Intuit, the maker of tax-preparation and accounting software, dropped 14.6% from $31.61 to $27.01 for a loss of 10¢ on the NAV. The stock declined because the accounting software business (Quick-Books) reported worse than expected results. We believe that investors overreacted and overlooked the positive results in the company’s much larger tax-preparation business (TurboTax).

Seagate Technology, a Silicon Valley-based maker of hard disk drives, fell 17.9% from $25.50 to $20.94 for a loss of 10¢ on each fund share. The company reported good earnings for the last quarter and forecast higher earnings for the next quarter because of better pricing, but investors were concerned about a report that suggested industry conditions were deteriorating due to the weak economic climate.

Despite a very difficult first quarter for the stock market, the Mid-Cap Fund had five stocks that each contributed 4¢ or more per fund share. Ironically, three of the best five performing stocks were homebuilders, despite terrible conditions in the industry. Please read the section on homebuilders in the Parnassus Fund report to get more background.

Leading the way was Pulte Homes, which added 20¢ to the NAV, while soaring 38.0% from $10.54 to $14.55. DR Horton added 9¢ to each fund share, as it climbed 19.6% from $13.17 to $15.75. Toll Brothers added 4¢ to the NAV, with its stock moving up 22.9% from $19.11, where we bought it during the quarter, to $23.48 by the end of the period.

Quicksilver Resources explores for and produces natural gas. Its stock rose 22.6% during the quarter, going from $29.80 to $36.53 and adding 9¢ to the NAV. Natural gas prices rose more than 40% for the quarter, boosting the earnings of Quicksilver.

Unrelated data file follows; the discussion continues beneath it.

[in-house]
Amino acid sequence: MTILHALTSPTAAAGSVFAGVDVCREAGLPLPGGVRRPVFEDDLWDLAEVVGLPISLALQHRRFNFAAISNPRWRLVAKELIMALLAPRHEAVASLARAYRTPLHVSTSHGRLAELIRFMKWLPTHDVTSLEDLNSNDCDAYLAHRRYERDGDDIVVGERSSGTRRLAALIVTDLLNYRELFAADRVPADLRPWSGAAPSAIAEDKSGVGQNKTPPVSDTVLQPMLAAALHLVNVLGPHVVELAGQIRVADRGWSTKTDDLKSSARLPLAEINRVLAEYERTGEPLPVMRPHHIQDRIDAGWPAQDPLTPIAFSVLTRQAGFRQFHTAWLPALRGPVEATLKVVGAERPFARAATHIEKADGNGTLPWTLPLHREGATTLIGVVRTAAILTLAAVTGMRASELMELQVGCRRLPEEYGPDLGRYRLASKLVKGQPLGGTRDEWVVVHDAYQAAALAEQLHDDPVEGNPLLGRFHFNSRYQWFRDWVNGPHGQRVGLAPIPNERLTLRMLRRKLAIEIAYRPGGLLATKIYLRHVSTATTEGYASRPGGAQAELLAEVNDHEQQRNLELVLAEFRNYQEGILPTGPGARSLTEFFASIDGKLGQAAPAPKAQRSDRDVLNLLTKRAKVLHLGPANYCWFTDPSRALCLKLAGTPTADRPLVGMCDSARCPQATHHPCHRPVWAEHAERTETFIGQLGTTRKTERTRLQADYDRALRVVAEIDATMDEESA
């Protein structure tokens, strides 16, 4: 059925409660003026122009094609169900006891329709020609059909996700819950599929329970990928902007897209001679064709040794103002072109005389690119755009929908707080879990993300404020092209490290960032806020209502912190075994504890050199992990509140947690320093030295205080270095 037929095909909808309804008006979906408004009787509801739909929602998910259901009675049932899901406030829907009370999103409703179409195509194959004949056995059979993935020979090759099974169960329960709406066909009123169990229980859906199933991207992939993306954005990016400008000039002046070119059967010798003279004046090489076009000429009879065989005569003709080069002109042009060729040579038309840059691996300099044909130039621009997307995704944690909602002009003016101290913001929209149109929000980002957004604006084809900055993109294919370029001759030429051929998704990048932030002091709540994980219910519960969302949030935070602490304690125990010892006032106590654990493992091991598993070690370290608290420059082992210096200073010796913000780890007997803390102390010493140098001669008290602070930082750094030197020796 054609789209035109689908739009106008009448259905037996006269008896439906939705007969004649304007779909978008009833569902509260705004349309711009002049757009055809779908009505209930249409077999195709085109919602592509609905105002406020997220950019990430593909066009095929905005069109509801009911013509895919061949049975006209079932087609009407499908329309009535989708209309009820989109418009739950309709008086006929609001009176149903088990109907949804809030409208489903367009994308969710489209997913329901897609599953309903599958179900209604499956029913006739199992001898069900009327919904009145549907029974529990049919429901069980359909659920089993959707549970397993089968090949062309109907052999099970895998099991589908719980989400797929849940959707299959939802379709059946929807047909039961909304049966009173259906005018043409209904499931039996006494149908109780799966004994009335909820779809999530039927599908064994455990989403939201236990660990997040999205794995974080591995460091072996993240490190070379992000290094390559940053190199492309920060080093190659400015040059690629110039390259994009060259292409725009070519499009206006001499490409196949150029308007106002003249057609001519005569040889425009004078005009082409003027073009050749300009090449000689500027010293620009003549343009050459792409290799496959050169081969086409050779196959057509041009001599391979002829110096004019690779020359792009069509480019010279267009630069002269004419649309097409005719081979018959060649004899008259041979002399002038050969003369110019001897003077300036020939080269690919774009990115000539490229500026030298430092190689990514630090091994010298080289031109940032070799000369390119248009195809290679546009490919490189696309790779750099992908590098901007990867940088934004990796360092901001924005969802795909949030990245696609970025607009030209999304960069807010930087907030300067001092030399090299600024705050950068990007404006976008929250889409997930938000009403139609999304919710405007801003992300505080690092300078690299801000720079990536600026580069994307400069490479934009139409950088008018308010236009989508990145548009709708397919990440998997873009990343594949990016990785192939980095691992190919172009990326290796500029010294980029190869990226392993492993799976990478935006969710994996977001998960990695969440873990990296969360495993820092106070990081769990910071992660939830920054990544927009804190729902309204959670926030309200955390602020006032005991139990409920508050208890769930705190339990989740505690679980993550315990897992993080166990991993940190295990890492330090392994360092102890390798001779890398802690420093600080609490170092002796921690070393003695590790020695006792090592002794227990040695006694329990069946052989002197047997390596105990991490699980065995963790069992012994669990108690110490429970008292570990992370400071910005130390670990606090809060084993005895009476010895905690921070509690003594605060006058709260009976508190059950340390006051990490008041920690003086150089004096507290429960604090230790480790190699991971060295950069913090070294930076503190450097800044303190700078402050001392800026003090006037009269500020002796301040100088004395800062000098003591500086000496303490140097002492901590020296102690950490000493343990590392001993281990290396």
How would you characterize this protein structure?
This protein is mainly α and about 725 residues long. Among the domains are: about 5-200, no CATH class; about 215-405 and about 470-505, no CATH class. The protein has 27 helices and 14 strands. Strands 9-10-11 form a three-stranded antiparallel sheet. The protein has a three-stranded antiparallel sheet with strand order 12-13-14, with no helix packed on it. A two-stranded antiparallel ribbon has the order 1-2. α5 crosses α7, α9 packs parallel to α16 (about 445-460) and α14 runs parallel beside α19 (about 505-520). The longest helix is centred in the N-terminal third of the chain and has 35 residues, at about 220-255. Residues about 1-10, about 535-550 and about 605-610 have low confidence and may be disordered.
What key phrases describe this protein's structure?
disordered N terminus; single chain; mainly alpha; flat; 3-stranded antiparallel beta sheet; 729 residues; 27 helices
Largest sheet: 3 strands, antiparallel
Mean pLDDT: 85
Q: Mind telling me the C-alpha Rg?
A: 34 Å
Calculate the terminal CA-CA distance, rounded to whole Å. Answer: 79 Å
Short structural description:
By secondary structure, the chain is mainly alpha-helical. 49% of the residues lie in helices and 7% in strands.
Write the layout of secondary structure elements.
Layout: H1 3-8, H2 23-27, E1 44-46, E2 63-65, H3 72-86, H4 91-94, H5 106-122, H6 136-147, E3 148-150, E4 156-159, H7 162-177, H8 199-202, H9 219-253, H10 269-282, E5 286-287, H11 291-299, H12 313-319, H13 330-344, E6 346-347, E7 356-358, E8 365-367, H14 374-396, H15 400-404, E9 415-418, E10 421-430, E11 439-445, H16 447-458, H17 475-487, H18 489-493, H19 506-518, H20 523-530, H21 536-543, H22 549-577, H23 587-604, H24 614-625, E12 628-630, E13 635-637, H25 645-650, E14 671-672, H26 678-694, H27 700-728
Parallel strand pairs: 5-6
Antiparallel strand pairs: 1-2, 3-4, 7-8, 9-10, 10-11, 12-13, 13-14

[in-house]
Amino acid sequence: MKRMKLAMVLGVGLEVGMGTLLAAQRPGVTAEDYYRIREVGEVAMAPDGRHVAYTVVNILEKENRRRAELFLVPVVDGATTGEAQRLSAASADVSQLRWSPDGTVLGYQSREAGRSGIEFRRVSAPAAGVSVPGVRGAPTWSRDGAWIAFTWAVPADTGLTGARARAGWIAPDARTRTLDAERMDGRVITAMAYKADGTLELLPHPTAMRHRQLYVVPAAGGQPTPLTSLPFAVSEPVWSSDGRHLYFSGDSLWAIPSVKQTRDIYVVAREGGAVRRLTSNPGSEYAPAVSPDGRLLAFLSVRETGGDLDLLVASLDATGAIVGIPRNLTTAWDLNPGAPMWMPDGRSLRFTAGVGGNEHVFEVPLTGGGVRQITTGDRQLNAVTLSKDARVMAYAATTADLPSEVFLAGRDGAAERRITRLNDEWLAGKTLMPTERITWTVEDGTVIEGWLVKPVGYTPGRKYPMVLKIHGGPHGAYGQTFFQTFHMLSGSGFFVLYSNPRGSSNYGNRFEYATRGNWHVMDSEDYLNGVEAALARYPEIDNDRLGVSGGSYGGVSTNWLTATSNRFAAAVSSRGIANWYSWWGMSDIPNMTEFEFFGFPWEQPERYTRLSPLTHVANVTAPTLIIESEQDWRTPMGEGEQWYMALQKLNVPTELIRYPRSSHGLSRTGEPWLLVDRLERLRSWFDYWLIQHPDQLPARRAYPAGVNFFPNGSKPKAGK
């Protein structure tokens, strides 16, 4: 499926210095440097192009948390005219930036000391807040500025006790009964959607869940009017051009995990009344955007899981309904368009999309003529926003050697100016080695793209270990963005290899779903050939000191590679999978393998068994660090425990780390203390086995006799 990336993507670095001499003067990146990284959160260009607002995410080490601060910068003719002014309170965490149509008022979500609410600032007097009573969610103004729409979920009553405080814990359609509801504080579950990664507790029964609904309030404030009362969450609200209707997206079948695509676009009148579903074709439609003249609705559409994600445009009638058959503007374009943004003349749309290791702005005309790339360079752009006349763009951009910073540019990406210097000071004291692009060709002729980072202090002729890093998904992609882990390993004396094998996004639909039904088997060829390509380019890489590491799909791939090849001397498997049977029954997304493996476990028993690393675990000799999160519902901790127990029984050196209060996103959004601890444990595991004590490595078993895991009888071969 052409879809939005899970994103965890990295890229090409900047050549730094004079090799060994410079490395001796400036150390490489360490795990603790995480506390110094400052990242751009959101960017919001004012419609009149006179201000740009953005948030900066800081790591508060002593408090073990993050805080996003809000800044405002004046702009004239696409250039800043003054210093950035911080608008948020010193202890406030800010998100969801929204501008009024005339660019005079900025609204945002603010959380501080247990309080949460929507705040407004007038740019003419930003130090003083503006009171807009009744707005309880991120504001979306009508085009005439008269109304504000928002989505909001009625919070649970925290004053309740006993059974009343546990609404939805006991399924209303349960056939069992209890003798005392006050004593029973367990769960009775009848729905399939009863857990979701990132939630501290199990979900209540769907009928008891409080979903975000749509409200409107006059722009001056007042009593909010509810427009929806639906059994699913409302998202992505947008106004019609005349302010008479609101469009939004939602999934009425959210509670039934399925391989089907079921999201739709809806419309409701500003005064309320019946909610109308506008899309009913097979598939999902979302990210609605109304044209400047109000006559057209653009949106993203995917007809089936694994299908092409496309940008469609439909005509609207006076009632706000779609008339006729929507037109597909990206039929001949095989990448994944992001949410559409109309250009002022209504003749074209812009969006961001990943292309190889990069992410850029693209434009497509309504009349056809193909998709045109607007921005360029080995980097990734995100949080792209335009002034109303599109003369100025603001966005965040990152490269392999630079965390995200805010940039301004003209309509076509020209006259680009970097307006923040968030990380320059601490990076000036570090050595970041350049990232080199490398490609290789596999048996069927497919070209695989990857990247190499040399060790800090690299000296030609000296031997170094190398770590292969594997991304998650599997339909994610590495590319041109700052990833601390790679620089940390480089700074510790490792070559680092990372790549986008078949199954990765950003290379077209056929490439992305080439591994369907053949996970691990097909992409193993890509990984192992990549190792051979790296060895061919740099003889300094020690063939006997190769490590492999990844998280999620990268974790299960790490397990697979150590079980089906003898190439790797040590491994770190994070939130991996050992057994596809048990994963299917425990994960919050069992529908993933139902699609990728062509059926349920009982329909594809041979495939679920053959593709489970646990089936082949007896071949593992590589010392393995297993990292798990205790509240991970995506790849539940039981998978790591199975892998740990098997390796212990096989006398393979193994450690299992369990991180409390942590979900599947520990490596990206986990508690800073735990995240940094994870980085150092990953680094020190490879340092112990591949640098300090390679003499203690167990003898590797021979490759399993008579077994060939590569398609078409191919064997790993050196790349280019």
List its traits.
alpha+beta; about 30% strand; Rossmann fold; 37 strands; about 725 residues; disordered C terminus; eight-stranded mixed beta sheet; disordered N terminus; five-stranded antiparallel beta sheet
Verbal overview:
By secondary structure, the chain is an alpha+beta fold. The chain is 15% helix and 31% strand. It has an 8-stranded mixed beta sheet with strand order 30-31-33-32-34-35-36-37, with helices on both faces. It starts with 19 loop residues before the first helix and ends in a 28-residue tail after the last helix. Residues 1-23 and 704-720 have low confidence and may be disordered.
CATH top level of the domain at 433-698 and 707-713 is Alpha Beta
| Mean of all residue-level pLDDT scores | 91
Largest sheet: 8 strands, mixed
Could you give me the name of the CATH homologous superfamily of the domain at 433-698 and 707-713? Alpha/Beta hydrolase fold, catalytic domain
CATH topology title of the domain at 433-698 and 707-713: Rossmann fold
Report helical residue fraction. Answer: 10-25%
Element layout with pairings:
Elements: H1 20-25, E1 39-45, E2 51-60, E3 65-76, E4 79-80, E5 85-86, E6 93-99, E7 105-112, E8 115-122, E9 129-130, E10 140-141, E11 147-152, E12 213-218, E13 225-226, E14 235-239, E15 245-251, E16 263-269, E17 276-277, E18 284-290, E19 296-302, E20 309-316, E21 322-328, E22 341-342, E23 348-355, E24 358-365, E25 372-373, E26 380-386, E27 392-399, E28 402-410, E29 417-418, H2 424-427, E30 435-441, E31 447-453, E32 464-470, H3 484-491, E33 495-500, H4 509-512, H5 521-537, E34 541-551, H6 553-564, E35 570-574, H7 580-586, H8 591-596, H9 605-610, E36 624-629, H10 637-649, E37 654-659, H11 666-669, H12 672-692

BEA Systems contributed 8¢ to the value of each fund share, since its stock climbed 21.4% from $15.78 to $19.15. On January 16, BEA, a provider of business enterprise software, announced that it agreed to be acquired by Oracle for $19.38 per share in cash.

Parnassus Mid-Cap Fund Portfolio of Investments as of 3/31/08

Yours truly,


Jerome L. Dodson
President and Chief Executive
Parnassus Investments

PARNASSUS SMALL-CAP FUND

As of March 31, 2008, the net asset value per share (NAV) of the Parnassus Small-Cap Fund was $15.44, so the total return for the quarter was a loss of 8.69%. I know this doesn’t sound too good, but it actually wasn’t too bad given the terrible quarter. By comparison, the Russell 2000 Index (“Russell”) of smaller companies dropped 9.90%, and the average small-cap core fund followed by Lipper Inc. (“Lipper average”) lost 9.98%. So, we were down for the quarter, but not as much as the benchmarks.

Below is a table comparing the performance of the Small-Cap Fund with that of the Russell 2000 and the Lipper average for the one-year period, for the period since September 30 of 2005 and for the period since inception on April 29, 2005. You will see that the Small-Cap Fund is ahead of its benchmarks for the one-year period and the period since September 30, 2005, but that we trail the indices for the period since inception. The reason is that while we had most of our assets in cash from April 29 until September 30 of 2005, stocks of smaller companies in the Russell 2000 moved sharply higher, while we were on the sidelines, earning only modest returns on our cash.